Wednesday, March 16, 2011

Make the Retrospective Effective

With my last employer, we had noticed that our retrospectives were starting to lag in effectiveness and attendance. People felt like they were too busy delivering stories and solving problems to do anything substantial toward meeting retrospective goals. I knew that it wasn't the kind of company that would accept stalled improvement, yet developers were instinctively afraid to invest time.

To resolve the problem, I talked with the CIO. Our discussion ended up with this set of triage rules for retrospective follow-ups:
If it is free, just do it.
There is no reason to delay implementing some changes, including (but not limited to):
  • posting a graph,
  • composing a "top-ten" list,
  • swapping pairs more often,
  • trying pomodoro technique,
  • changing how stand-up meetings are performed,
  • making better use of QA, tech writing, or Customer resources
  • instituting changes to coding standard
There is no reason to delay this kind of work. The CIO told us he considered it our job to keep improving the team through reflection and experiment, or else he would have asked us to stop months earlier. Other behaviors developers were skittish about (refactoring, speeding the tests, getting legacy code under test) were considered part of the job but programmers were afraid of "losing" productivity to those tasks. Our enlightened management re-affirmed a commitment to quality work.
If it takes a couple of man days, just do it.
The team was surprised that they could peel off a member or a pair to do technical work that would improve the team. This allowed the team to take on tasks like improving the build system, metrics gathering, checking out new mocking libraries, solving version control process problems, performing global clean-ups like duplication removal, writing instructions on the team wiki. We were, in fact, not permitted to not do these things. We happily devoted a few man days per iteration to accelerating the team.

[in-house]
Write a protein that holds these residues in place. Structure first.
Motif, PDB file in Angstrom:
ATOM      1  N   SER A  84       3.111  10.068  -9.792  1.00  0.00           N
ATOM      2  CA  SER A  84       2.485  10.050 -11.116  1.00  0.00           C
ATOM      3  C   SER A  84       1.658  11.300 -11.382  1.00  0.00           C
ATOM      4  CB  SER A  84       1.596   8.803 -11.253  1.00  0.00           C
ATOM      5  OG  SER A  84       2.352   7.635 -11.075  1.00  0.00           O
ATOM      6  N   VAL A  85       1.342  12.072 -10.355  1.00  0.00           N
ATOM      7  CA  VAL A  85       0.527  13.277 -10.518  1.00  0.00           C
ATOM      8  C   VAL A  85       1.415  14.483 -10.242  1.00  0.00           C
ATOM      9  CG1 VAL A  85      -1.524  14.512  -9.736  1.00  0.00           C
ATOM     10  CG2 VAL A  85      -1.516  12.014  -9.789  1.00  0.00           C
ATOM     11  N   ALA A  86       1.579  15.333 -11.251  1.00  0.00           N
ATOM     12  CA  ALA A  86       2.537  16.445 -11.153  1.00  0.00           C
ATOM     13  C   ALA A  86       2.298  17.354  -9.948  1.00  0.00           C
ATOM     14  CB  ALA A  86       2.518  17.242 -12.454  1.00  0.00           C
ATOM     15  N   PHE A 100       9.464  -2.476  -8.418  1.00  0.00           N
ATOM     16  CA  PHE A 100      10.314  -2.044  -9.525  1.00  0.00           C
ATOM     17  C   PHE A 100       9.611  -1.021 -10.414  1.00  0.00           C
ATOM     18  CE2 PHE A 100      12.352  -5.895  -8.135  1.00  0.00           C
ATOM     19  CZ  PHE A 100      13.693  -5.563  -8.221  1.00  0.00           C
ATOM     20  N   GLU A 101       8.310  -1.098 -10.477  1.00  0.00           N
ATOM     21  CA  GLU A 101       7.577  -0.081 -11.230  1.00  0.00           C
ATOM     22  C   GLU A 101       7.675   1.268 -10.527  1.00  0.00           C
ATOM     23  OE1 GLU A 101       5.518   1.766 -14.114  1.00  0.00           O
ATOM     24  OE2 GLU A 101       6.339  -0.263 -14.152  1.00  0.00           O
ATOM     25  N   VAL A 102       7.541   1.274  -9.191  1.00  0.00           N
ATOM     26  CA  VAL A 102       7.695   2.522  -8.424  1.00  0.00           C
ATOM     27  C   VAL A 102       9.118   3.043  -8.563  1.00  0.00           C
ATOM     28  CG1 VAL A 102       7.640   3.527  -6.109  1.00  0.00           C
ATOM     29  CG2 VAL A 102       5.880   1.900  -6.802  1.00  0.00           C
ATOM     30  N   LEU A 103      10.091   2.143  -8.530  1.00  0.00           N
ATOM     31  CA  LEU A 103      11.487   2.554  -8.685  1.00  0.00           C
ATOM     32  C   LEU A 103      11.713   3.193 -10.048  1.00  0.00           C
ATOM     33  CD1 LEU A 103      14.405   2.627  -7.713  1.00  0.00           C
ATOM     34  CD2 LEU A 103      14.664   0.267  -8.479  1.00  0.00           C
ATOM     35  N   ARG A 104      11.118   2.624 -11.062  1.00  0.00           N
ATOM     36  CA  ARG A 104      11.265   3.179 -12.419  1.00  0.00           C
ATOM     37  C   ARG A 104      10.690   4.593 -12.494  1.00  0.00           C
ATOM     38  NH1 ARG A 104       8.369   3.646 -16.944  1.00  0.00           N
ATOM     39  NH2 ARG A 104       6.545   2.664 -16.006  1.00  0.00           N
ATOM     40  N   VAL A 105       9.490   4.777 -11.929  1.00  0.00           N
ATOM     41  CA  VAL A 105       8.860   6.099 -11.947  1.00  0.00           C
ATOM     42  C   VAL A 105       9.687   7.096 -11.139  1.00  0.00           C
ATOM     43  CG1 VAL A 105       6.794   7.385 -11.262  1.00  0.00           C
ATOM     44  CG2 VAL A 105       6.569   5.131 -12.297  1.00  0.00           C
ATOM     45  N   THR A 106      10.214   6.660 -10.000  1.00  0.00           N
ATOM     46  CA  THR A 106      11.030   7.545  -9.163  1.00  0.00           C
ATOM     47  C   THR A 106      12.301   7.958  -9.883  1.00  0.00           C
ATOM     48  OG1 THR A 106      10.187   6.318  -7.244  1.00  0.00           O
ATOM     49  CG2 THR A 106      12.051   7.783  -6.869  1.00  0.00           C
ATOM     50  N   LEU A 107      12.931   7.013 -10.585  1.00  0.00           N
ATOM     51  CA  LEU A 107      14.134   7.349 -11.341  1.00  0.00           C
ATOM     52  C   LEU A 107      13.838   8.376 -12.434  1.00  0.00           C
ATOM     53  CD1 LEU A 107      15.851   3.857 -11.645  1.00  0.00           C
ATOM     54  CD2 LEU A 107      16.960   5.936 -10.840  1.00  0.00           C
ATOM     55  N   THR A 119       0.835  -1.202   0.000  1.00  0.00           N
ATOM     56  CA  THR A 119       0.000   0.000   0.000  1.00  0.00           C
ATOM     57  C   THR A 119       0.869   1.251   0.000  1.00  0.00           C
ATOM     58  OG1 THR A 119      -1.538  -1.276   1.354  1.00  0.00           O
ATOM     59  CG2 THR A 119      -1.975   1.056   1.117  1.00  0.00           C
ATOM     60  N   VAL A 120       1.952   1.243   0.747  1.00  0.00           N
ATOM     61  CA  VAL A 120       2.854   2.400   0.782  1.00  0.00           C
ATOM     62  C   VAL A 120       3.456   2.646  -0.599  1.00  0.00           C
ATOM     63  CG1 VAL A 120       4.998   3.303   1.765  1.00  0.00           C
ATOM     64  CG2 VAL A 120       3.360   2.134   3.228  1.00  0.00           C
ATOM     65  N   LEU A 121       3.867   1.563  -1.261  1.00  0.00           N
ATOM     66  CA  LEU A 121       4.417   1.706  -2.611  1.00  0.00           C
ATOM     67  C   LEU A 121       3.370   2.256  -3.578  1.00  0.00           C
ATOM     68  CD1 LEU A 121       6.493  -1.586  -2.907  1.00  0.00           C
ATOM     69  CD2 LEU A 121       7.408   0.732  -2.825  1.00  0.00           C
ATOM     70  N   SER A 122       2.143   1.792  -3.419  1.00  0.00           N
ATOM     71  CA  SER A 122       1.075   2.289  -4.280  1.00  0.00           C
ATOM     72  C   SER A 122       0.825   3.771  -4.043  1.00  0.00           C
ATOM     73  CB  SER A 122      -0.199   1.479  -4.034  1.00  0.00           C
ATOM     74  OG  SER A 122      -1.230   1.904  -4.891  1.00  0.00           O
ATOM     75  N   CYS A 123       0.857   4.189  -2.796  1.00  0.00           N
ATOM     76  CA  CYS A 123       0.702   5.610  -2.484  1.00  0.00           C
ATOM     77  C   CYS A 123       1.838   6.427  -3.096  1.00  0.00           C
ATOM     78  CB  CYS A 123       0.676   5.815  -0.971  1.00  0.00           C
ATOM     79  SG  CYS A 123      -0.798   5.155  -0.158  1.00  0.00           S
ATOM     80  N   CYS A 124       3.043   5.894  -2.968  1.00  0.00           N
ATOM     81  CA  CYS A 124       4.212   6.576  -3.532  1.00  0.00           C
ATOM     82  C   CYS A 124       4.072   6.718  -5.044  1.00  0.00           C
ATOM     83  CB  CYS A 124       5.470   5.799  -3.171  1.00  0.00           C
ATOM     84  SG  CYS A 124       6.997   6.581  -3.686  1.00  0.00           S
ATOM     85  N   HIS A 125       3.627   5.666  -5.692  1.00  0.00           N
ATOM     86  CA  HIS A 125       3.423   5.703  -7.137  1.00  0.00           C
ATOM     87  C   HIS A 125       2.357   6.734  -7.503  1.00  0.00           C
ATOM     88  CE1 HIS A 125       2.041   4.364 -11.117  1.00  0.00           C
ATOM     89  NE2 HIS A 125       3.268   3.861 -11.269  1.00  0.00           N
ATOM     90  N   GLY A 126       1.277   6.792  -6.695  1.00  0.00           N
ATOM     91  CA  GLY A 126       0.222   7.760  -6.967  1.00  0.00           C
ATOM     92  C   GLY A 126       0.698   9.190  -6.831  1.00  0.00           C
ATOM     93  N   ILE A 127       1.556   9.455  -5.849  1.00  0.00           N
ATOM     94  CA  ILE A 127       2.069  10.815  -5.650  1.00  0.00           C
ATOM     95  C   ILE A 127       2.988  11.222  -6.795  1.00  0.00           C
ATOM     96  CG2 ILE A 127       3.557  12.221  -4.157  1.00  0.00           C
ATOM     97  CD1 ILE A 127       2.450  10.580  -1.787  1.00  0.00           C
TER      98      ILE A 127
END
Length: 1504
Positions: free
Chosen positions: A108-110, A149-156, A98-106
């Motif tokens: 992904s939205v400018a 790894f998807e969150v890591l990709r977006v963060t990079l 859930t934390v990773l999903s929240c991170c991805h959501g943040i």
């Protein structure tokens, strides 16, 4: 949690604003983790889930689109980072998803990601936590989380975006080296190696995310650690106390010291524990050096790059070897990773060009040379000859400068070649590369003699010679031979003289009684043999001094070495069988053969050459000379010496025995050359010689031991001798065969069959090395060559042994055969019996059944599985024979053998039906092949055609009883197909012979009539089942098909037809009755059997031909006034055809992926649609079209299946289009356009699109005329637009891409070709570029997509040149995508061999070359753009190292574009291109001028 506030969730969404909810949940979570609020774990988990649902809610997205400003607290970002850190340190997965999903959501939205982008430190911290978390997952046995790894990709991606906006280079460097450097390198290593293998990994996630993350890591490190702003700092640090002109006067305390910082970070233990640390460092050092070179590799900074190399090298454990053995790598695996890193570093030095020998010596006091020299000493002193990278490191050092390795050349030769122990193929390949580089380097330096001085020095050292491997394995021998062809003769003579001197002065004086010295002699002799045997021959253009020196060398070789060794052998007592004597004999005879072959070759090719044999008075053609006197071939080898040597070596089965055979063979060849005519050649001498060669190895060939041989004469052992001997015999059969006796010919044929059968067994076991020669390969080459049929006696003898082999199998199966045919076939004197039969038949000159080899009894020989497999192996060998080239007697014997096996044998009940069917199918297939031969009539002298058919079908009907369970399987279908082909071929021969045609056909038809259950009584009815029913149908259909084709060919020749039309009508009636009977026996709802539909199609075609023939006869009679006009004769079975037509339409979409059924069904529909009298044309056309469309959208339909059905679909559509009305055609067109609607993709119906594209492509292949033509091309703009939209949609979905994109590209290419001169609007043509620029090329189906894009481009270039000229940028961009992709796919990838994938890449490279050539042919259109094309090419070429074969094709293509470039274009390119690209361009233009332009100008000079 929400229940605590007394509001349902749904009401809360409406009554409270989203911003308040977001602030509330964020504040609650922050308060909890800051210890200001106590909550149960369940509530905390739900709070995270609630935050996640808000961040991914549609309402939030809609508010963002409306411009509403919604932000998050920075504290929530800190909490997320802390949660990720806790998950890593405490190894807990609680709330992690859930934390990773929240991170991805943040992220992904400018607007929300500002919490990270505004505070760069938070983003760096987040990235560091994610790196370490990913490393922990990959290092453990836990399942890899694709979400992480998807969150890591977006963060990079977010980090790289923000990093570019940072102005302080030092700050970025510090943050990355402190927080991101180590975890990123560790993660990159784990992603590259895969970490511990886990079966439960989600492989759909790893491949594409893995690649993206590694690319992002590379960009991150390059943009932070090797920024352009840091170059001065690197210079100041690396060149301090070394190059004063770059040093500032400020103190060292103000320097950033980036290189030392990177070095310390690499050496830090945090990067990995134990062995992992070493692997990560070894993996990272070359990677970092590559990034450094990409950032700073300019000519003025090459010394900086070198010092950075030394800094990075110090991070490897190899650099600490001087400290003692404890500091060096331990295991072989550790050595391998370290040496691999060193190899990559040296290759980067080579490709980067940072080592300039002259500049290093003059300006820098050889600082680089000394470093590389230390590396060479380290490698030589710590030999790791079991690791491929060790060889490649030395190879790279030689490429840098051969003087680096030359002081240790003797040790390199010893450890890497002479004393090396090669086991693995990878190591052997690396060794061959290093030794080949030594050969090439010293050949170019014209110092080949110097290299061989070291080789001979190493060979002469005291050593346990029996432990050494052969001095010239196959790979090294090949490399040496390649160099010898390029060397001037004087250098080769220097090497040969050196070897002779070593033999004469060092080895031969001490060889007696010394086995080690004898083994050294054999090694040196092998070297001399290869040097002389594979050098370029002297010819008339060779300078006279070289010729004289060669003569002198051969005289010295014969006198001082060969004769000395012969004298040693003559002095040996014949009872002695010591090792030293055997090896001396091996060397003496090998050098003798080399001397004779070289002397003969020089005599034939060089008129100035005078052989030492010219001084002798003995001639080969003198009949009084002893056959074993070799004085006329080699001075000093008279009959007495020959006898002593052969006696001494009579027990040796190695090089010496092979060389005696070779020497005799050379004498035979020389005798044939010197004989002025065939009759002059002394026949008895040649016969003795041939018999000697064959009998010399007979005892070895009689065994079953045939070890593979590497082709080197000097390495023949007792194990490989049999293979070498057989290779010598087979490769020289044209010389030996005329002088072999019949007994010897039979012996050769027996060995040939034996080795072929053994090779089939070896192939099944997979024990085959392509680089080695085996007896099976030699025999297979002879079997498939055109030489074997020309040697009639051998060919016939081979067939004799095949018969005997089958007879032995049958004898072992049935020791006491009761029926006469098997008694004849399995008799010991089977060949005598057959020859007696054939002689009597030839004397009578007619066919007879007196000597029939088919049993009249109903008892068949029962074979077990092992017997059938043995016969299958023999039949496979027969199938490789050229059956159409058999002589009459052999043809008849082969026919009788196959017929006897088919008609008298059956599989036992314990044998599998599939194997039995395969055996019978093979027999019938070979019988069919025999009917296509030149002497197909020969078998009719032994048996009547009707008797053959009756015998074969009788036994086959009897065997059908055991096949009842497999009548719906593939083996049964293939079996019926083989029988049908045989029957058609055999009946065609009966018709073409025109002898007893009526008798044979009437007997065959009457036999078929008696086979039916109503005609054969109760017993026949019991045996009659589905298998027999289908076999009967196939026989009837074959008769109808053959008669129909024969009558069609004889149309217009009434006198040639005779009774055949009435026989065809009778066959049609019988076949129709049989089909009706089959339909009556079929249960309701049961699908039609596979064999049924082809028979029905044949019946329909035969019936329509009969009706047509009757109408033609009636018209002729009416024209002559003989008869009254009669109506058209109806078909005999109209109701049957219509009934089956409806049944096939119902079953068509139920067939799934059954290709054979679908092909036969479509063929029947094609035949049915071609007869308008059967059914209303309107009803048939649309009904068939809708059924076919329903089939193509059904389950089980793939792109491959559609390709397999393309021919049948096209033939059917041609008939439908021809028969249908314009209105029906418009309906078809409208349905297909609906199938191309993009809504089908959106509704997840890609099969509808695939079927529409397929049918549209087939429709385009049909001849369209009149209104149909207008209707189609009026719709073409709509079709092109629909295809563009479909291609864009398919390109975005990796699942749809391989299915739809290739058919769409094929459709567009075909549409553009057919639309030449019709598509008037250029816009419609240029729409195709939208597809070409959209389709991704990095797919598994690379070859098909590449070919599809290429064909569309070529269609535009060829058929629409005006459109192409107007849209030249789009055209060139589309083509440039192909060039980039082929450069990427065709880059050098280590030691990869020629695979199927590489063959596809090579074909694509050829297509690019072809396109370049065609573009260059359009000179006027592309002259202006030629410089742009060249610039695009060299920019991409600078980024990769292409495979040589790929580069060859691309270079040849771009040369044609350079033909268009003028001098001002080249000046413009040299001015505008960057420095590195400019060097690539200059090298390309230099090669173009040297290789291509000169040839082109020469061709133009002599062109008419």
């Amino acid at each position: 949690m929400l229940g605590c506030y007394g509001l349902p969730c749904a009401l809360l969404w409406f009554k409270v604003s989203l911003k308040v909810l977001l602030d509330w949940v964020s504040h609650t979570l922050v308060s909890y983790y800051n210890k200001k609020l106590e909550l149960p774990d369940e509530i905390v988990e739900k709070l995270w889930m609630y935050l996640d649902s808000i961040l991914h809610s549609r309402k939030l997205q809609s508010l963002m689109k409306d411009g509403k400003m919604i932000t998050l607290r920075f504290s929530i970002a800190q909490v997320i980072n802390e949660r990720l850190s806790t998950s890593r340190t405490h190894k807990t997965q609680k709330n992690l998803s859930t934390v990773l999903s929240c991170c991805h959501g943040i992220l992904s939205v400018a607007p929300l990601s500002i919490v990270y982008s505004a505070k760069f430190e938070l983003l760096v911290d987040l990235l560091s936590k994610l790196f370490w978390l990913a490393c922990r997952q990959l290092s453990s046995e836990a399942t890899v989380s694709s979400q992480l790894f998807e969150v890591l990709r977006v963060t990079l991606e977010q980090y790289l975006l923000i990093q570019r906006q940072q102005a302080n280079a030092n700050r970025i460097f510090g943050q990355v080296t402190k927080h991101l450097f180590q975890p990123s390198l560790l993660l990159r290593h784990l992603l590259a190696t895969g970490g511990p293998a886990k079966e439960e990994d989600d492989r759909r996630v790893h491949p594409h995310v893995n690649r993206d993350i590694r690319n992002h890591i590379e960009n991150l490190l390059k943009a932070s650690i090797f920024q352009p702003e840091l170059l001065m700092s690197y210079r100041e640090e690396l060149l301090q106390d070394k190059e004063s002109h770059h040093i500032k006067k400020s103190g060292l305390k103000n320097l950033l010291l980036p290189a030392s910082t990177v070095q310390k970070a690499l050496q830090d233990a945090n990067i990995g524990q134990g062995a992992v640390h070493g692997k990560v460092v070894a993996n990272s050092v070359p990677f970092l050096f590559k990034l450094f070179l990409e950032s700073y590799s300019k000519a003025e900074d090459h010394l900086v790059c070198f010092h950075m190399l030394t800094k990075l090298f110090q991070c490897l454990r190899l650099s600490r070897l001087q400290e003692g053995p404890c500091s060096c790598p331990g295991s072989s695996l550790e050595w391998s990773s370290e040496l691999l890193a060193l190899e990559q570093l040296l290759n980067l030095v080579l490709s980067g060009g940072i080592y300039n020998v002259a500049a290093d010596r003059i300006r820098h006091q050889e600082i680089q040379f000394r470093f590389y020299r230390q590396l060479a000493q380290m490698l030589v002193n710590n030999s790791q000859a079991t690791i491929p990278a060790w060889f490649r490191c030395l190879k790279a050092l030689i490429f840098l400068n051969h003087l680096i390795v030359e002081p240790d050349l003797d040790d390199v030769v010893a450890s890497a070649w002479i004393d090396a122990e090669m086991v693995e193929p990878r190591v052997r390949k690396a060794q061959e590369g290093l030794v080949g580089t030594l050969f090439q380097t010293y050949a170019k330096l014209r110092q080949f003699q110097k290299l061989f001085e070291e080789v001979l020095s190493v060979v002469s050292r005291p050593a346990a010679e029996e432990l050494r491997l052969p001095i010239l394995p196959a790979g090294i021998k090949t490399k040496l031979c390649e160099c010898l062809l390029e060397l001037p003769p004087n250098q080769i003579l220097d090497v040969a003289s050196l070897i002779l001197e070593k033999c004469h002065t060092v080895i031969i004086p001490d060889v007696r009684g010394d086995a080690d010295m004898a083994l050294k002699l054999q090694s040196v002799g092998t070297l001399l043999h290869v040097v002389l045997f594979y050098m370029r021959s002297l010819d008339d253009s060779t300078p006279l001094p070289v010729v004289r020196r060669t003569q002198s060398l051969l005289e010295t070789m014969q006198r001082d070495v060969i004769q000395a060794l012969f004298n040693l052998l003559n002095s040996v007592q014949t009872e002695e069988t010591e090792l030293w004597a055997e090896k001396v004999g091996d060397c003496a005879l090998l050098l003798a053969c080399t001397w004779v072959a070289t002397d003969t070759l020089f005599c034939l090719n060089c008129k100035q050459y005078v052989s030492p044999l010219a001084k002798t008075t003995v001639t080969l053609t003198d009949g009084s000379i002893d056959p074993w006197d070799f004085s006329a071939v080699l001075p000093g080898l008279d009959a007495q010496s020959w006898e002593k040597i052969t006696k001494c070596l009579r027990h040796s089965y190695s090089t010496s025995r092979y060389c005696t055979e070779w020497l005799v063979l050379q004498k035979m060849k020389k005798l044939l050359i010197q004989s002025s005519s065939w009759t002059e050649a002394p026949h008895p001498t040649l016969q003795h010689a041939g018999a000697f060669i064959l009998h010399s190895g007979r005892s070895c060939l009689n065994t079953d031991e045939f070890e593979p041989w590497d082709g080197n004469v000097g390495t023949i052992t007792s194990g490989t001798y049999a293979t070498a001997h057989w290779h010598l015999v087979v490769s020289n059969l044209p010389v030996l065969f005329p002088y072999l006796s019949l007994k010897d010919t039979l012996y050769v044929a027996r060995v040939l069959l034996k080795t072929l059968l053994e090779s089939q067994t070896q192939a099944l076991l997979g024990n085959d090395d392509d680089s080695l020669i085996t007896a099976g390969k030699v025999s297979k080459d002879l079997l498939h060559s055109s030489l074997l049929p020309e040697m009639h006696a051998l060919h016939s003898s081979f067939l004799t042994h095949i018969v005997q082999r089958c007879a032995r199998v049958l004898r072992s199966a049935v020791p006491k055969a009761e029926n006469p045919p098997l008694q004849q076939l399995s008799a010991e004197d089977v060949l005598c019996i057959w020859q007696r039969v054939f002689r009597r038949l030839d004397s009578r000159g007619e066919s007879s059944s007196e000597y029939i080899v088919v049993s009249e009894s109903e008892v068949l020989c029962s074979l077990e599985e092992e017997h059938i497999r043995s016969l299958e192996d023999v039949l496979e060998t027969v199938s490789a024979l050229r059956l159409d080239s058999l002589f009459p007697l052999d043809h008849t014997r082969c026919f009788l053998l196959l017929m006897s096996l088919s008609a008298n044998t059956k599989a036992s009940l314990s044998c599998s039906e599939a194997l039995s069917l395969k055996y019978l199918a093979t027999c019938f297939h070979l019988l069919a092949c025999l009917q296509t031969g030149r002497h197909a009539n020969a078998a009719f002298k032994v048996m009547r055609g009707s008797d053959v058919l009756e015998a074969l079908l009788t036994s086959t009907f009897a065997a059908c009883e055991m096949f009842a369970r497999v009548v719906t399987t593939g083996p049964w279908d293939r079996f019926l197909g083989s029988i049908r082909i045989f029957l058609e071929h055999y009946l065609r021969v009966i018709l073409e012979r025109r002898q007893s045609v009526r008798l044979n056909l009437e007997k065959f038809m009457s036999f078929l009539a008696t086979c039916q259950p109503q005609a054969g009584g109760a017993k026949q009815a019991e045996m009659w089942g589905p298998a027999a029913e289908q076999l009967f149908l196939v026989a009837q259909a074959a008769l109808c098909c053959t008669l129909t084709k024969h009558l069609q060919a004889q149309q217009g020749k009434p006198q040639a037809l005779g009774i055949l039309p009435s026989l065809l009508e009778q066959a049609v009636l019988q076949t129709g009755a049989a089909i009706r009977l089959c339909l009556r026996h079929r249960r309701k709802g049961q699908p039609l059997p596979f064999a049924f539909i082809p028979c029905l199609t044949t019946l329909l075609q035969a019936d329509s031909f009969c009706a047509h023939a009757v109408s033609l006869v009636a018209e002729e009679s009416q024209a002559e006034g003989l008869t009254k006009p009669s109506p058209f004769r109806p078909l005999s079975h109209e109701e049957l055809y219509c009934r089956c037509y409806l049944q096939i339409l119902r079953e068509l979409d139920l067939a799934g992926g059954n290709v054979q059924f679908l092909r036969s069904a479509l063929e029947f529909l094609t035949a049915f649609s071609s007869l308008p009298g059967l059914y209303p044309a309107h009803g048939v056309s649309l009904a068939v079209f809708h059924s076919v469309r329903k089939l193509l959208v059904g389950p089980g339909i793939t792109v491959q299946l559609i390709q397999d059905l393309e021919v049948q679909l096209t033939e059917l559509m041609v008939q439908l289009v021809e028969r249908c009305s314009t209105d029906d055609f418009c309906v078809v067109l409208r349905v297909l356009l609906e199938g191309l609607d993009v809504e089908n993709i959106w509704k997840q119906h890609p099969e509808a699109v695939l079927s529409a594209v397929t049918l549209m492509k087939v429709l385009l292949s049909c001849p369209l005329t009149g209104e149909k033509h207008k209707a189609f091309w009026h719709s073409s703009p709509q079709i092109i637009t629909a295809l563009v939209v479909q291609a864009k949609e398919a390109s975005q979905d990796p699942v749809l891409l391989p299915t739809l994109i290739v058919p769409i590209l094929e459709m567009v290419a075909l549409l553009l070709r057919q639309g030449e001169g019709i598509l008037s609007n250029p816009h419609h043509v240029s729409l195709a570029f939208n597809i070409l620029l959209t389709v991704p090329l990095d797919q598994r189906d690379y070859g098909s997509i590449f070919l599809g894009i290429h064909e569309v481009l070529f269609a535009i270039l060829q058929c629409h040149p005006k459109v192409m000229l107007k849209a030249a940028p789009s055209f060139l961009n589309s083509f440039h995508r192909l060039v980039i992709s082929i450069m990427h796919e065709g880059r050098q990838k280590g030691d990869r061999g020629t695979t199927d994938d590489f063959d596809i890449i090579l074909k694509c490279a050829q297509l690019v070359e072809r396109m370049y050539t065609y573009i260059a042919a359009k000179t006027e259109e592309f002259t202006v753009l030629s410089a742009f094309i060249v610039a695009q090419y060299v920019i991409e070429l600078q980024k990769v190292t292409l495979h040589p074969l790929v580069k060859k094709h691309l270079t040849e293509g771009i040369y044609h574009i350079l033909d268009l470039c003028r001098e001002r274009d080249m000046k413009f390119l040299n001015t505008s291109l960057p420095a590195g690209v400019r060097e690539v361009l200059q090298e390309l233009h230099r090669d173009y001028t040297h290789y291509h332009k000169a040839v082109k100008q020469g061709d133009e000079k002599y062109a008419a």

If it will take longer, we should talk about it
There were architectural changes, large legacy code reworks, and grand experiments that came up in the retrospectives. Some people were afraid to even mention something that might take *weeks* of developer time to complete. People were surprised to hear that management was not against such things, but merely wanted to be measured and cautious with goals, measurement, and timing. We did some large things, and we failed some grand changes (as one might suspect) but we didn't fail for lack of permission.

This triage system worked, and for the next several months we had items in all three categories.

No retrospective technique I've found will be able to single-handedly keep retrospectives fresh and vibrant and productive in perpetuity, but this one was useful to shake off a fear of lost productivity long enough to get some good changes in place and to conduct some good experiments. We did a few large-scale changes, which really were also experiments. A lot of the work paid off.

If your retrospectives are going stale, you might talk with your C-level supporters and bring the team a policy that clearly spells out their permission to try, change, and grow. Developers want to be productive (a fact worthy of a blog series if not a new book), and may need to be encouraged to look past the stories and tasks to work that might accelerate the whole team.

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